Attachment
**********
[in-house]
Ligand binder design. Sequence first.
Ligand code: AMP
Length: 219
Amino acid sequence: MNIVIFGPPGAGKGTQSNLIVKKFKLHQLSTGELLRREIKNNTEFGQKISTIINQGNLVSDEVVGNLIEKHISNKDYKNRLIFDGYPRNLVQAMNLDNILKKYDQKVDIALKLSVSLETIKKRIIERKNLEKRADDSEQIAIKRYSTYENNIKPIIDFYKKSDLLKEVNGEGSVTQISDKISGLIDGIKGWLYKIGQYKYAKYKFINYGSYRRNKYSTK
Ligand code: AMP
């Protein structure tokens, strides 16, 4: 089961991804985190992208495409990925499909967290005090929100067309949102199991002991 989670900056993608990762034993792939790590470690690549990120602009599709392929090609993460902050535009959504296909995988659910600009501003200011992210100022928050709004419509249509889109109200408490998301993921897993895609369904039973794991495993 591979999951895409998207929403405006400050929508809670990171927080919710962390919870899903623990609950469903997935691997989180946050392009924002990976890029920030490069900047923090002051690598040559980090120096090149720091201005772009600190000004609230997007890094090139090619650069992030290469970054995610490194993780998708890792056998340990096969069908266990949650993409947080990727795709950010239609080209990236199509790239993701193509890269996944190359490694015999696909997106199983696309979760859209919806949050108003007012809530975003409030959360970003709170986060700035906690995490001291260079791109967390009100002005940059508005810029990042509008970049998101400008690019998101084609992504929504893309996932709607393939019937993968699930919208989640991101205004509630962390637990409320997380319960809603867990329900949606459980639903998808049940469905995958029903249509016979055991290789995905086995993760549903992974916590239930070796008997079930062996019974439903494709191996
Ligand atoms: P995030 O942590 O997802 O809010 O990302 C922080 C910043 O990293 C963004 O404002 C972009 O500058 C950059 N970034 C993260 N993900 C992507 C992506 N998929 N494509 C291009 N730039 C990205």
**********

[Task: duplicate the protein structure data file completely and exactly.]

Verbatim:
[in-house]
Ligand binder design. Sequence first.
Ligand code: AMP
Length: 219
Amino acid sequence: MNIVIFGPPGAGKGTQSNLIVKKFKLHQLSTGELLRREIKNNTEFGQKISTIINQGNLVSDEVVGNLIEKHISNKDYKNRLIFDGYPRNLVQAMNLDNILKKYDQKVDIALKLSVSLETIKKRIIERKNLEKRADDSEQIAIKRYSTYENNIKPIIDFYKKSDLLKEVNGEGSVTQISDKISGLIDGIKGWLYKIGQYKYAKYKFINYGSYRRNKYSTK
Ligand code: AMP
């Protein structure tokens, strides 16, 4: 089961991804985190992208495409990925499909967290005090929100067309949102199991002991 989670900056993608990762034993792939790590470690690549990120602009599709392929090609993460902050535009959504296909995988659910600009501003200011992210100022928050709004419509249509889109109200408490998301993921897993895609369904039973794991495993 591979999951895409998207929403405006400050929508809670990171927080919710962390919870899903623990609950469903997935691997989180946050392009924002990976890029920030490069900047923090002051690598040559980090120096090149720091201005772009600190000004609230997007890094090139090619650069992030290469970054995610490194993780998708890792056998340990096969069908266990949650993409947080990727795709950010239609080209990236199509790239993701193509890269996944190359490694015999696909997106199983696309979760859209919806949050108003007012809530975003409030959360970003709170986060700035906690995490001291260079791109967390009100002005940059508005810029990042509008970049998101400008690019998101084609992504929504893309996932709607393939019937993968699930919208989640991101205004509630962390637990409320997380319960809603867990329900949606459980639903998808049940469905995958029903249509016979055991290789995905086995993760549903992974916590239930070796008997079930062996019974439903494709191996
Ligand atoms: P995030 O942590 O997802 O809010 O990302 C922080 C910043 O990293 C963004 O404002 C972009 O500058 C950059 N970034 C993260 N993900 C992507 C992506 N998929 N494509 C291009 N730039 C990205």